In one of my previous careers, I was a staff assistant with the American Medical Association’s Department of Practice Management. Part of my job involved distributing that content to AMA members, with help from the United States Postal Service.

I’m dating myself here, but bear with me. On one direct mail campaign, I accidentally authorized a first-class permit, rather than the less-expensive third-class indicia we typically used. When I received the bill for that mailing and realized my mistake, my heart sank and my head started thumping. The cost was three times what was typically charged, meaning a hit on our budget. So, what to do? I was clearly to blame, and I feared for my job.

My first inclination was to say nothing. My boss wouldn’t find out for a while. And once she did, maybe she wouldn’t tie it to me. But that wasn’t productive thinking. Of course she’d know who was at fault; that was my job, after all.

So taking a deep breath, I walked into my boss’ office, explained the situation to her, acknowledged my fault, then waited for the fallout. She sat thinking for a moment, and I could sense her anger. Then she said in a quiet tone of voice: “That’s not going to happen again, is it?”

Nope, I said. It would not. Then I beat a hasty retreat and heaved a sigh of relief. I still had my job. And my boss was right. It never happened again.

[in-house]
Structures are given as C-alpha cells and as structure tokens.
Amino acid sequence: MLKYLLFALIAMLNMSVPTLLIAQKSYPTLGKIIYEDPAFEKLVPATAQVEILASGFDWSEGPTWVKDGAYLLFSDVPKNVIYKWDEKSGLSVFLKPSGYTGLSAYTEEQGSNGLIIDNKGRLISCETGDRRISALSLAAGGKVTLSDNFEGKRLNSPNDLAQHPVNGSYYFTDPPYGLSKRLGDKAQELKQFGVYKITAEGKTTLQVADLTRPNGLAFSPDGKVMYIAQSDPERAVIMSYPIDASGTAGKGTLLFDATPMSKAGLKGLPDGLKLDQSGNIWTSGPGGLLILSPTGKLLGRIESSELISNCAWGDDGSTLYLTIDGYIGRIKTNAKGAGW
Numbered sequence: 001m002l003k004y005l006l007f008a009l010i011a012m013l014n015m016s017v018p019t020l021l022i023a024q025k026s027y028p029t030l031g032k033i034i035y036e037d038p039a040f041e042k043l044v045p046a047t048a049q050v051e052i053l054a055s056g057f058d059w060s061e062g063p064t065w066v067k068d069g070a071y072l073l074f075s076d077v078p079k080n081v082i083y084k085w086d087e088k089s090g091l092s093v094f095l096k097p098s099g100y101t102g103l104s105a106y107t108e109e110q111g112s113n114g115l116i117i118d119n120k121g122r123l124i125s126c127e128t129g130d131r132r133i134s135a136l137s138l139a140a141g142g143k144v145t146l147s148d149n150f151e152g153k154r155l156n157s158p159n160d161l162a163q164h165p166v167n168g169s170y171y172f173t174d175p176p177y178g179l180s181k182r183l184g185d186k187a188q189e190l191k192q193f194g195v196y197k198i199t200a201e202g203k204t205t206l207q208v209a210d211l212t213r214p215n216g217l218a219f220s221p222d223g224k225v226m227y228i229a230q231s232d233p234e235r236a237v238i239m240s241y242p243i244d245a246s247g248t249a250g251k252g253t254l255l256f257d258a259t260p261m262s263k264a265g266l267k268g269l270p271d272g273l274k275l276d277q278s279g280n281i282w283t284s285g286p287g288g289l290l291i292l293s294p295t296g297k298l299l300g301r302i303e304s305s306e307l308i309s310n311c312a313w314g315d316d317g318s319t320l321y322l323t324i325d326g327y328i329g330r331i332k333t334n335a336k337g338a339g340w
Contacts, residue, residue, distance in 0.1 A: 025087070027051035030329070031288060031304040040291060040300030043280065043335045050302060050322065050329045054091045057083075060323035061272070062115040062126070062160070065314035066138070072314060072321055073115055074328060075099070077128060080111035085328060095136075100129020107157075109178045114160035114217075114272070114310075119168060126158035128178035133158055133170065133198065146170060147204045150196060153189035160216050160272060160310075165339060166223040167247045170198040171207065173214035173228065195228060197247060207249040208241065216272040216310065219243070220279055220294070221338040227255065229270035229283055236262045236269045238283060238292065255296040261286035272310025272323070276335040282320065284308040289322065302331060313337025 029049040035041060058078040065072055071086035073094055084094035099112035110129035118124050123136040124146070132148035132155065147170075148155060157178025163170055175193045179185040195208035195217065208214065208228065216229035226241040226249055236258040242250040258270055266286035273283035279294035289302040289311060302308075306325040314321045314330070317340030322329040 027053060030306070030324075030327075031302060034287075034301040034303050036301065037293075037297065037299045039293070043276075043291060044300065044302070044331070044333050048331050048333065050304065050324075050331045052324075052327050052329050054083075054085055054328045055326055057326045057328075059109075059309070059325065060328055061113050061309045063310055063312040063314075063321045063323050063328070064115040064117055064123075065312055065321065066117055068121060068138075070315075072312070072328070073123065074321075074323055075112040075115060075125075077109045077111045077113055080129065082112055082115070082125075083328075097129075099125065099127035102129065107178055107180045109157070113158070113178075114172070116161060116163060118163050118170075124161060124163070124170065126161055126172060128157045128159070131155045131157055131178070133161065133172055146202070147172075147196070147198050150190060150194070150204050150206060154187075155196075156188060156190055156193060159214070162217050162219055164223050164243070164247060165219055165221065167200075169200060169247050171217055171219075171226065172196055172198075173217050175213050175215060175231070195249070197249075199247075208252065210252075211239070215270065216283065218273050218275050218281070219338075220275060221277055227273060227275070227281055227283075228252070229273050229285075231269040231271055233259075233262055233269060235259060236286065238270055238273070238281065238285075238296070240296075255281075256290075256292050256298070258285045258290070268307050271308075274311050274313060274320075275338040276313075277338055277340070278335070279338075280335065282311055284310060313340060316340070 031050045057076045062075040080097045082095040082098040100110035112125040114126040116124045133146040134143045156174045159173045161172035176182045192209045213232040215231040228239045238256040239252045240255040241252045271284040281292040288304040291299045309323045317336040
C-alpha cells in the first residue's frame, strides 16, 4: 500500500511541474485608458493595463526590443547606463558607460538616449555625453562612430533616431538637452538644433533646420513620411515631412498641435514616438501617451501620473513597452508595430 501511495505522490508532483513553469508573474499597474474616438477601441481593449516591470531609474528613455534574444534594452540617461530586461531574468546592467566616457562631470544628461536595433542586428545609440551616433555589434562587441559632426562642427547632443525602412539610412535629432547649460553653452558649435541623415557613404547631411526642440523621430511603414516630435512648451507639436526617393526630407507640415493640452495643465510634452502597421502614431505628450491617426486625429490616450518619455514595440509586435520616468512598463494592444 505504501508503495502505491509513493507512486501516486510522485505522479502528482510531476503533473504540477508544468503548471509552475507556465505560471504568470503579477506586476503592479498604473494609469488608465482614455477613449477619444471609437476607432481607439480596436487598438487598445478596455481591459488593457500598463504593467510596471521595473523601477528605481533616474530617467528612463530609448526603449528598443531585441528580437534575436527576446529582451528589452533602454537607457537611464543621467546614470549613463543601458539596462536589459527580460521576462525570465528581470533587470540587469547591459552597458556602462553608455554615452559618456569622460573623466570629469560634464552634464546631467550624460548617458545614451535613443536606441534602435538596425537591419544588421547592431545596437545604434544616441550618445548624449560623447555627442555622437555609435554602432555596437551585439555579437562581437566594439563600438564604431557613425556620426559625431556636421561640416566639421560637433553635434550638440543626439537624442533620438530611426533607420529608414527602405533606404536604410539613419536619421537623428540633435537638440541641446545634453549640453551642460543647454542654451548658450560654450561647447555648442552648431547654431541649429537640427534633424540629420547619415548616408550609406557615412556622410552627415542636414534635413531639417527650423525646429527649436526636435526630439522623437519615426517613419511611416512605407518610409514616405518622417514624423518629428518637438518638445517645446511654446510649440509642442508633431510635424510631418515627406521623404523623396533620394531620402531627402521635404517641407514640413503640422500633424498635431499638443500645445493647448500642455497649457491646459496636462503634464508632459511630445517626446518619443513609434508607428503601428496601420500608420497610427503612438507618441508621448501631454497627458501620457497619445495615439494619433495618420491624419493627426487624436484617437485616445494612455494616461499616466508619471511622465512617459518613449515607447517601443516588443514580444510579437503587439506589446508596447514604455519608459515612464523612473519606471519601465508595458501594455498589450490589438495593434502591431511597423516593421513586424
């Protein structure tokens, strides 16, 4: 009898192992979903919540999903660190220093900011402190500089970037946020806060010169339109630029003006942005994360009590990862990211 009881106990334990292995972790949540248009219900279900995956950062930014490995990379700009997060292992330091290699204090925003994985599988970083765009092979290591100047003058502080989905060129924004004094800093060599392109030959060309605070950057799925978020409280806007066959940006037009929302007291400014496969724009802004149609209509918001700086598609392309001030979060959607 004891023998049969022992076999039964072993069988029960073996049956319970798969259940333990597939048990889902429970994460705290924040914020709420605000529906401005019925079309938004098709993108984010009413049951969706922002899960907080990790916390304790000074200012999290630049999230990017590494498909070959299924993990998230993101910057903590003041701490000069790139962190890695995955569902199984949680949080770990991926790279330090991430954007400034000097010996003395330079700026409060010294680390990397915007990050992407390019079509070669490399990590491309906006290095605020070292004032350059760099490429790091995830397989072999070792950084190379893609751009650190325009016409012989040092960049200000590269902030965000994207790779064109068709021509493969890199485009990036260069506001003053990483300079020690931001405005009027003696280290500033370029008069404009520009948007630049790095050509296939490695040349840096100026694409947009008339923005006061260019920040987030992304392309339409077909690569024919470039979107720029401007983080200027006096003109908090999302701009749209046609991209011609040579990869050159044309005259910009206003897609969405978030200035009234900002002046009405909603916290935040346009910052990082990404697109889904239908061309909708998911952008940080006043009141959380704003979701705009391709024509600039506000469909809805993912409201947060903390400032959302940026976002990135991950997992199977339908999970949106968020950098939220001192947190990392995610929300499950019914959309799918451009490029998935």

How to professionally admit mistakes and missteps to clients

Decades later, that situation still stands out, because it taught me a valuable lesson, one that I observe as an independent content producer. Namely, always communicate with clients especially if a problem crops up, you make an error or miss a deadline. Doing so builds a client’s trust and confidence in you.

Don't stay silent

Don’t stay silent

My late husband was an outstanding newspaper editor. Early in our marriage, he launched an editorial job search among New England newspapers by topping his cover letters with the words “I made a mistake …” The letter explained that he wasn’t perfect, but the articles he edited were as close to error-free as possible.

This caught the eyes of many publishers and managing editors, who liked the humor. They appreciated an editor with the nerve to admit he wasn’t above making the occasional mistake but had methods in place to ensure mostly clean copy.

While admitting something like this is a great opening for a job-seeking cover letter, it can be more difficult for those of us who create content for a living as independent contractors.

Nod if any of this seems familiar. We hesitate when requesting deadline extensions. We go back and forth about asking for clarification. We shouldn’t need to do any of this. We’re professionals. We ALWAYS meet deadlines. And we ALWAYS understand every single assignment that ends up in our laps. And we always turn in error-free copy.

Until we don’t. And that’s when cognitive dissonance rears its head.

Cognitive dissonance occurs when a held belief conflicts with hardcore reality. Like this:

  • The belief: I am a professional, competent content producer.